The Chicago Foreign Language Press Survey was published in 1942 by the Chicago Public Library Omnibus Project of the Works Progress Administration of Illinois. The purpose of the project was to translate and classify selected news articles that appeared in the foreign language press from 1855 to 1938. The project consists of 120,000 typewritten pages translated from newspapers of 22 different foreign language communities of Chicago.

Read more about this historic project.

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  • Illinois Staats-Zeitung -- August 02, 1892
    A Chinese Tea-House

    Hip Lung, the braided millionaire from South Clark Street, will erect a Tea-House on the Midway Promenade, and visited the Fair Grounds for that purpose yesterday.

    He was accompanied by Tho Sing from New York, Yuen Lai from Canton, and Chow Tai from Chicago. These gentlemen represent a very wealthy corporation.

    Hip Lung, the braided millionaire from South Clark Street, will erect a Tea-House on the Midway Promenade, and visited the Fair Grounds for that purpose yesterday. He was accompanied by ...

    Chinese
    II B 1 c 3, II A 2, III H, IV
  • Chinese Daily Times -- March 05, 1935
    Education in Home and School

    The power of a nation depends upon the qualification of its citizens; the qualification of a citizen depends upon the education of the individual; and education is indeed, the most influential factor in the existence of a nation.

    Education may well be divided into two distinctive classes, they are school education and home education. The latter is generally termed "home-training" and is fundamentally most important as it deals with the most plastic years of a human being. In fact, home-training is so important that it guides and sometimes determines our future. Upon the shoulders of our parents, then, rests the vital responsibility of home-training.

    Parents, who are ready to undertake the difficult task of raising children, should first of all, realize that their children are born innocent, and they must see to it that their innocence is not jeopardized by ignorance.

    2

    The innocent children are born with the instinct of imitation and learn through their senses of hearing and seeing. They know not right from wrong, nor wrong from right. Whatever they see, they do; whatever they hear, they say. It is, therefore, important that good parents watch their own conversation and actions. If the parents, unfortunately, should possess some undesirable habits, they should refrain from indulging in them in the presence of their alert children, because rarely do the children have habits which they have not acquired from their parents. Fortunate indeed are parents, to have the privilege to play such an important role in the life of the next generation! But how delicate, how important, and how difficult, is their task! Unfortunately because parents are unable to Perform such a task, we have our wide national illiteracy.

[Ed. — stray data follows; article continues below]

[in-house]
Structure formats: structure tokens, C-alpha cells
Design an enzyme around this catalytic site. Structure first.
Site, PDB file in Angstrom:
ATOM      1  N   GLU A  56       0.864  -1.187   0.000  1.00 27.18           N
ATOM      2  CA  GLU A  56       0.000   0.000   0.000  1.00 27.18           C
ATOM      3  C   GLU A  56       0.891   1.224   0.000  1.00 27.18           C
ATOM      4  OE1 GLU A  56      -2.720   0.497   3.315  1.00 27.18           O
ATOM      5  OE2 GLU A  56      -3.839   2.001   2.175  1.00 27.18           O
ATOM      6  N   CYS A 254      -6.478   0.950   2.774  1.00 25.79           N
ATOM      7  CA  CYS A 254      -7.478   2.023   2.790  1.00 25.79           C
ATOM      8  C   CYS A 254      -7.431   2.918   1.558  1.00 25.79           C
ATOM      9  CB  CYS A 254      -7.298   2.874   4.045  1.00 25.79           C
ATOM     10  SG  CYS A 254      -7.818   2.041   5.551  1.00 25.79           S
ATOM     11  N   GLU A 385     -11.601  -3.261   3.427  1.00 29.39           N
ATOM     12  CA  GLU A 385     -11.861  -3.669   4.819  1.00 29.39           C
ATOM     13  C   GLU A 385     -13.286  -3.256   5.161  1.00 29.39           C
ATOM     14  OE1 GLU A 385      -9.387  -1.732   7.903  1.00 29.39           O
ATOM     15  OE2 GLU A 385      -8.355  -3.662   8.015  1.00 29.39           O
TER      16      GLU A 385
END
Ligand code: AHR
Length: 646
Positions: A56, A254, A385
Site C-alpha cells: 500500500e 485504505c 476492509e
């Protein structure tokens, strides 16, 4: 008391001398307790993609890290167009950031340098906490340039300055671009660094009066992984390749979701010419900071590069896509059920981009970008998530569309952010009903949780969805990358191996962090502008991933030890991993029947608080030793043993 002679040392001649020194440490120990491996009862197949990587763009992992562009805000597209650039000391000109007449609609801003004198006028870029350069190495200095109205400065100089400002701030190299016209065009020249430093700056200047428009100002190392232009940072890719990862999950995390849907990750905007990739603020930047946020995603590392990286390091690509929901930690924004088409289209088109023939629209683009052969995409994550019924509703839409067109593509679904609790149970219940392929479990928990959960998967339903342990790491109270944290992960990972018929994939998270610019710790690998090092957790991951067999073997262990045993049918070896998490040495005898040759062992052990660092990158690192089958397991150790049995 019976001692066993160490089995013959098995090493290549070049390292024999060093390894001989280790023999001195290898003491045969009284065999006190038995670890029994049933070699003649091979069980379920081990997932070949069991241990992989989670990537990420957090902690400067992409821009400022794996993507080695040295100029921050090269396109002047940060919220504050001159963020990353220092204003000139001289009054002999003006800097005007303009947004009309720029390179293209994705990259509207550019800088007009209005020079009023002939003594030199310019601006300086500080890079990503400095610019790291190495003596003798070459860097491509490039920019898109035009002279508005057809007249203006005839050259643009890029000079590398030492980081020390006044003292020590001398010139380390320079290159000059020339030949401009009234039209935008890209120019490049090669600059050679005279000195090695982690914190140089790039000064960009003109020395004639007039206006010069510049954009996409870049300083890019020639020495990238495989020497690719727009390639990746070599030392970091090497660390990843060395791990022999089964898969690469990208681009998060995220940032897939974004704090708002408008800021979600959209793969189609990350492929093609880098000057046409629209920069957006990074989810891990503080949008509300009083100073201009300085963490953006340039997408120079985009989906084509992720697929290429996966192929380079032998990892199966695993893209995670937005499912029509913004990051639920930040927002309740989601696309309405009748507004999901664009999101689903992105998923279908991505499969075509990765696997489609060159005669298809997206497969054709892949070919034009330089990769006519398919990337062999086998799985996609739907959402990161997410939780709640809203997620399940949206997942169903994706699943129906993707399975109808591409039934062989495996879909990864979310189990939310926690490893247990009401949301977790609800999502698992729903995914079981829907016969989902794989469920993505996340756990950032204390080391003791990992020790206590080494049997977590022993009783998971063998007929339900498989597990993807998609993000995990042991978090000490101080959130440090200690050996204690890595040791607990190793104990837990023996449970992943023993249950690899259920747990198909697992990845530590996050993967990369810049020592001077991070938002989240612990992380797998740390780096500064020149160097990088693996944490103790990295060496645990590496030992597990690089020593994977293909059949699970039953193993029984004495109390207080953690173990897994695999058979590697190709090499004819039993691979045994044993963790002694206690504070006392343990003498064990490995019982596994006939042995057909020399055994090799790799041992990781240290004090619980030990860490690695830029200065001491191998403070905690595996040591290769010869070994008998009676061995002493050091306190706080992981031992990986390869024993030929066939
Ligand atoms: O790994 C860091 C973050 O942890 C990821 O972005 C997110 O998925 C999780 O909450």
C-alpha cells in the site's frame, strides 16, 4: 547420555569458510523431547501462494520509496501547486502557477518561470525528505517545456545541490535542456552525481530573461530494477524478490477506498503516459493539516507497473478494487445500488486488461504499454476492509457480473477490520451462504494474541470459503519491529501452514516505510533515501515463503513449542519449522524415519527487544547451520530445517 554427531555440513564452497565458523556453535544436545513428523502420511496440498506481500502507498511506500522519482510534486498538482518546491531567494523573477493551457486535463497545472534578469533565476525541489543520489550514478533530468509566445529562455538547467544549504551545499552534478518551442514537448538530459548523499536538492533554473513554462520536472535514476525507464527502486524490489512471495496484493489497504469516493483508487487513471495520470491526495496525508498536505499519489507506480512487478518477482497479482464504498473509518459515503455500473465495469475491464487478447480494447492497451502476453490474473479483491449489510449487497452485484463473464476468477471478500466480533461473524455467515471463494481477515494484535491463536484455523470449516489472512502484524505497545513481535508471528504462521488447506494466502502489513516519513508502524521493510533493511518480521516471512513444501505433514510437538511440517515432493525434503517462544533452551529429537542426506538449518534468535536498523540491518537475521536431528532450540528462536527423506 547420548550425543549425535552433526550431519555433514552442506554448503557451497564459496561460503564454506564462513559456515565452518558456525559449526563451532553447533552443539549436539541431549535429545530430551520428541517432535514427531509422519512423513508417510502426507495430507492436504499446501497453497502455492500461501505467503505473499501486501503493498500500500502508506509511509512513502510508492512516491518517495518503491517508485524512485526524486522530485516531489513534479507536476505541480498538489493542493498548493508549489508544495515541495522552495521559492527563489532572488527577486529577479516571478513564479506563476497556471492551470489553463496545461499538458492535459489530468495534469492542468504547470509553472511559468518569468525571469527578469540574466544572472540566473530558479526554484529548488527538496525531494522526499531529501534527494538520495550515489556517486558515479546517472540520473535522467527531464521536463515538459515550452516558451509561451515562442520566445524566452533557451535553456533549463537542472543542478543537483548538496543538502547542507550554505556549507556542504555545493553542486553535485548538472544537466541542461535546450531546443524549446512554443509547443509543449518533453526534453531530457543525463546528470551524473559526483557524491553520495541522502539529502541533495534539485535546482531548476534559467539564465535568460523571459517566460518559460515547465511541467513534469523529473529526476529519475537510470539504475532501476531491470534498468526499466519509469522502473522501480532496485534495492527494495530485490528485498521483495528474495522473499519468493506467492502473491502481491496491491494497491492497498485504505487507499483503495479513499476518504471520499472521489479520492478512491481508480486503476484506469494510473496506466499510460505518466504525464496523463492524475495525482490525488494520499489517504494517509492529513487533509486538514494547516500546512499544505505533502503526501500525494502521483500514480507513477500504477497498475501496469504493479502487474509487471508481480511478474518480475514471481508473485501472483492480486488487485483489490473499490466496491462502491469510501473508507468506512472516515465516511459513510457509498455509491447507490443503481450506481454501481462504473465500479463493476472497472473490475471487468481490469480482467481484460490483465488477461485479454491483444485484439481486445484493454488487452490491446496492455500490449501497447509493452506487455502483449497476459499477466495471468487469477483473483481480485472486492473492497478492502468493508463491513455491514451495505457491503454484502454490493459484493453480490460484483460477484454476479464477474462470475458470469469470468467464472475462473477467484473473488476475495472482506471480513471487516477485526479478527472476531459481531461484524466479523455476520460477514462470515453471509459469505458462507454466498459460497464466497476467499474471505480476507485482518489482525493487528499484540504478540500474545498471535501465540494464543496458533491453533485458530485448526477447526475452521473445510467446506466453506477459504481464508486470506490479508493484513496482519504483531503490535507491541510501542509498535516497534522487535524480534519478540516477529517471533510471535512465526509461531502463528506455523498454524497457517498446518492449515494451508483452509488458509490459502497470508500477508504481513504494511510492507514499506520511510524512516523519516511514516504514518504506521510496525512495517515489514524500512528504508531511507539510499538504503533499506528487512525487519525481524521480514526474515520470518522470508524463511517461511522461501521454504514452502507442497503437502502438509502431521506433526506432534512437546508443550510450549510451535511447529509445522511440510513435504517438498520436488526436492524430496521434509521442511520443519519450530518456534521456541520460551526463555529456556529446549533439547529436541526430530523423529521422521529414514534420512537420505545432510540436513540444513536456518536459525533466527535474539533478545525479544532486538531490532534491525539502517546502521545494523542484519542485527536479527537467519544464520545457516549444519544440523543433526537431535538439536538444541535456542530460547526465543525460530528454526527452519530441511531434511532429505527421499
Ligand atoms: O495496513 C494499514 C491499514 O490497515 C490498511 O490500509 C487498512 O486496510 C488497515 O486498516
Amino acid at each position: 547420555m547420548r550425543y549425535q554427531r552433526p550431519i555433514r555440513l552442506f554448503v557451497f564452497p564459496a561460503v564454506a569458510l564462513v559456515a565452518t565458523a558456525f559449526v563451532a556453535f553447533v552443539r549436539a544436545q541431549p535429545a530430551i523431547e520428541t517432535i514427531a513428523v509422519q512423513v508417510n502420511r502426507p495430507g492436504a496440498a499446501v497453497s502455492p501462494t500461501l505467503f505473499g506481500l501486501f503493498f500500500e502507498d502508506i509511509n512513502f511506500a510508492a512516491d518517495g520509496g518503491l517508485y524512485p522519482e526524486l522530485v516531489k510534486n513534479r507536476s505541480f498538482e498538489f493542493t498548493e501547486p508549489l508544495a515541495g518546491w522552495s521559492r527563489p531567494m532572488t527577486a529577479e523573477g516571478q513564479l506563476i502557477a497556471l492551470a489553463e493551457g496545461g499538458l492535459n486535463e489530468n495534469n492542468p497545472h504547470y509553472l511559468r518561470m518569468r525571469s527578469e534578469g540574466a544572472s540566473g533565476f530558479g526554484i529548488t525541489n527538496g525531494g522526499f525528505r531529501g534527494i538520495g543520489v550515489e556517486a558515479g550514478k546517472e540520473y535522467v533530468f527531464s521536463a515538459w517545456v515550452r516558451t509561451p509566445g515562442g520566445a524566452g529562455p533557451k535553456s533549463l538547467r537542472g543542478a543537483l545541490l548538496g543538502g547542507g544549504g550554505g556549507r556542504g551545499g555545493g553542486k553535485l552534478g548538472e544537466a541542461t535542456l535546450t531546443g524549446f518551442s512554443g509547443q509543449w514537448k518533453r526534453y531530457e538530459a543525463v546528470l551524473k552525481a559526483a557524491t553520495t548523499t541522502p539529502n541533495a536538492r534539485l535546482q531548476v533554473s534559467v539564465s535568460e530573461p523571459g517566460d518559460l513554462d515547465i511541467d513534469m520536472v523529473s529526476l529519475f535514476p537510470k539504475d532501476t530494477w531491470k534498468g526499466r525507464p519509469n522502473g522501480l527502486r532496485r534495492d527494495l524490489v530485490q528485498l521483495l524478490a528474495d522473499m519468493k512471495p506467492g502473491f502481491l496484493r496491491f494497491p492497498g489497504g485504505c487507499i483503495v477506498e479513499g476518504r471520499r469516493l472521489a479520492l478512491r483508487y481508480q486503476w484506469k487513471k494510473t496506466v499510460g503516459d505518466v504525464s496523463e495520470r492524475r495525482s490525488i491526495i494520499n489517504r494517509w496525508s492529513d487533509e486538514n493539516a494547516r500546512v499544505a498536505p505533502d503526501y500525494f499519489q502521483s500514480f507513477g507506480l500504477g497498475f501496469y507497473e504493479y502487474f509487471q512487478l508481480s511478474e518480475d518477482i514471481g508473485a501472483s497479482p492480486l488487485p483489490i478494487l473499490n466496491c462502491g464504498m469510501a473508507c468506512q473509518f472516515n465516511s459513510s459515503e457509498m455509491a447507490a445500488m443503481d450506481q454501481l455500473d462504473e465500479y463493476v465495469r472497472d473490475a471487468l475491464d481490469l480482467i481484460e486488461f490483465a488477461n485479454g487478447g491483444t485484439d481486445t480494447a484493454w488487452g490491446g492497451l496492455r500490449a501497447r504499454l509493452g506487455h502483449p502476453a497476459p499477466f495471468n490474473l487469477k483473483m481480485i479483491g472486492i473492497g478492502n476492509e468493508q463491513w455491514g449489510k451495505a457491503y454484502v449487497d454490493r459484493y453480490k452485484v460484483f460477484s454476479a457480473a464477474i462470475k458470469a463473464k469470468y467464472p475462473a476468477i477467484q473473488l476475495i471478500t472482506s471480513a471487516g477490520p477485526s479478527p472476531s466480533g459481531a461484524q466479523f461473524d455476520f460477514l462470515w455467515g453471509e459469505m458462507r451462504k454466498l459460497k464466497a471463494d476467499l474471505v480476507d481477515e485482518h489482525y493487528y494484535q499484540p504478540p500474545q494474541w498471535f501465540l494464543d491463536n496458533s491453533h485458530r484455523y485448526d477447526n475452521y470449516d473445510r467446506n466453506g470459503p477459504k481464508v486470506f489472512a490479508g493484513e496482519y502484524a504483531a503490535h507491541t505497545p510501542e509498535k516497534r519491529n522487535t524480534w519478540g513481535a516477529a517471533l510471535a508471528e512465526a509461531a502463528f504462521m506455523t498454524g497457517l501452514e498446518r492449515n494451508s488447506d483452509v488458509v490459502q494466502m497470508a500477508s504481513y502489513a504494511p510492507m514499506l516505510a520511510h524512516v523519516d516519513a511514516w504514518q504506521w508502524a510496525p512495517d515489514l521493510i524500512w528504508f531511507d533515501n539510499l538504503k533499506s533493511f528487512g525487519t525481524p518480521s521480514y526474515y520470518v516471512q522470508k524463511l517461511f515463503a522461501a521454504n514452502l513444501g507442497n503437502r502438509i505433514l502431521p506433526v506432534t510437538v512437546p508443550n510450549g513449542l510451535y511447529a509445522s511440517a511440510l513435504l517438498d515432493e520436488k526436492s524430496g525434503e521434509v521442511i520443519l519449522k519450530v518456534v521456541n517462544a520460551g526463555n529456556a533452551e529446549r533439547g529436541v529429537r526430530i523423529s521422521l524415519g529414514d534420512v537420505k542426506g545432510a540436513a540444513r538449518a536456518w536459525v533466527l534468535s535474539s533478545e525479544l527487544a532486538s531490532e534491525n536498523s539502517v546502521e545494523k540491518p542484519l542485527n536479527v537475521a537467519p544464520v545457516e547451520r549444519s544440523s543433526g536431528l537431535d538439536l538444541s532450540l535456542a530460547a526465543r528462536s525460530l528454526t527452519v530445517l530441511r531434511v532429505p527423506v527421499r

Besides home-training then, is the equally important school education, We, undoubtedly, know that the responsibility rests with the teachers and instructors 3The teachers' responsibility should not be a mere scholastic achievenemt but should rather be the character formation of the students. We regret to admit again that the lack of a nation-wide educational system and the ignorance on the part of our teachers as to their real duty is the second of the two predominant factors in our national illiteracy.

    Our corruptive educational system of the Chin Dynasty need no further expression of opinions as we all are more or less acquainted with it. But the so-called modern educational system of today is what we are concerned with. It is a pity that a good percentage of our modern teachers have neglected their fundamental duty of character building. In fact, teachers who live the lives of play-boys have become numerous. And there are teachers who are so involved in politics that they can practically call their schools political centers. No doubt, these vices and hobbies are but personal characteristics, but they are of such an import to the future of the students that we who are interested in our children's welfare must take immediate action.

    4

    The responsibility of the parents in the homes and of the teachers in the schools is clear to us. No doubt, we are away from our homeland but if we perform our duties here in our Chicago Chinese community efficiently we shall soon find our children playing an important part in the development of our national life.

    Parents who are interested in our national welfare should pay immediate attention to the home-training of their children. And to the teachers may we suggest that they should refrain from political activities and be molders of character as well as teachers of learning. With the fullest cooperation of all concerned, we are sure, our country will soon be one of the strongest in the world.

    The power of a nation depends upon the qualification of its citizens; the qualification of a citizen depends upon the education of the individual; and education is indeed, the most ...

    Chinese
    I A 1 a, I B 3 b, III H
  • Chinese Daily Times -- March 08, 1935
    Essential Factors in the Nationalized Educational System

    Our ever-increasing associations with the foreign world are beginning to penetrate the foundation of our 6,000-year-old civilization, foreshadowing changes in the social and economic fabric, and in the traditional philosophy and ethical outlook of our people, of greater significance than the more dramatic changes in the political sphere.